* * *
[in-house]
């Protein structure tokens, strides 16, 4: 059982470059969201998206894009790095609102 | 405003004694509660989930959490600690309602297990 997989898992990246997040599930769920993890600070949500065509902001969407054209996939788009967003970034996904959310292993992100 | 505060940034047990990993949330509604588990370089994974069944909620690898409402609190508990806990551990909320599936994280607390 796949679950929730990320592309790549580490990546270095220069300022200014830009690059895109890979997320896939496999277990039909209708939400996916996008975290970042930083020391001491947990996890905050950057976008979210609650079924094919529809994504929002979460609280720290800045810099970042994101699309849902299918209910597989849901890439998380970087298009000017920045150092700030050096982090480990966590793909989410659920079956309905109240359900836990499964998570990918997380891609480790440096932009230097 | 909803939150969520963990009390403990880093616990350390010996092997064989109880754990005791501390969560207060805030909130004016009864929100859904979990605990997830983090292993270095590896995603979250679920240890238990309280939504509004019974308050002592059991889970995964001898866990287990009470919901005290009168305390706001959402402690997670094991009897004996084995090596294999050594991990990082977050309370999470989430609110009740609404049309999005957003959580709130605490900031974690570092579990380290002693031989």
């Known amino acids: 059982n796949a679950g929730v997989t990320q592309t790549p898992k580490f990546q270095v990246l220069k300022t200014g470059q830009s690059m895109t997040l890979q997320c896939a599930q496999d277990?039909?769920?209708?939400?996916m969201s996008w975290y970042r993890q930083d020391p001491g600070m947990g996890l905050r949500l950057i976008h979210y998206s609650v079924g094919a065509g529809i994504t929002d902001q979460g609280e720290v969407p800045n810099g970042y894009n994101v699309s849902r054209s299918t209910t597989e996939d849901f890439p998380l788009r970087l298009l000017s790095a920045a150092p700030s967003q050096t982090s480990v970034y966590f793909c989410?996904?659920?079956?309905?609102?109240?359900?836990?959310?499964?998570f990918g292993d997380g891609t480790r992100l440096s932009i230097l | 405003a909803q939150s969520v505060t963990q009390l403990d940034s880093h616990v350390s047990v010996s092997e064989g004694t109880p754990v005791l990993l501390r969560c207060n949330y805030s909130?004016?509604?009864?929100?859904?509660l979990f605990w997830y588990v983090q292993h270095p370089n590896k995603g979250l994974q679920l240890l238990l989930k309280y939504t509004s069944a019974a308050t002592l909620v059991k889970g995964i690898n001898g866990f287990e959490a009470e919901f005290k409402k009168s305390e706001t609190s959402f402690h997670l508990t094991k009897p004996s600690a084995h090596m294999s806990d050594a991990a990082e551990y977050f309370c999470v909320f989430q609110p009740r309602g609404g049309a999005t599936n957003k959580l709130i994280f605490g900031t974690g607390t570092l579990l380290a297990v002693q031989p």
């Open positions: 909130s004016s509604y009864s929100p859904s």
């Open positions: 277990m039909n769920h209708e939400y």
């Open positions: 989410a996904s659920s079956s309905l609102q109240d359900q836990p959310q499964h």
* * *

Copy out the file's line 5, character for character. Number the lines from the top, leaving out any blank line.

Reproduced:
């Open positions: 277990m039909n769920h209708e939400y």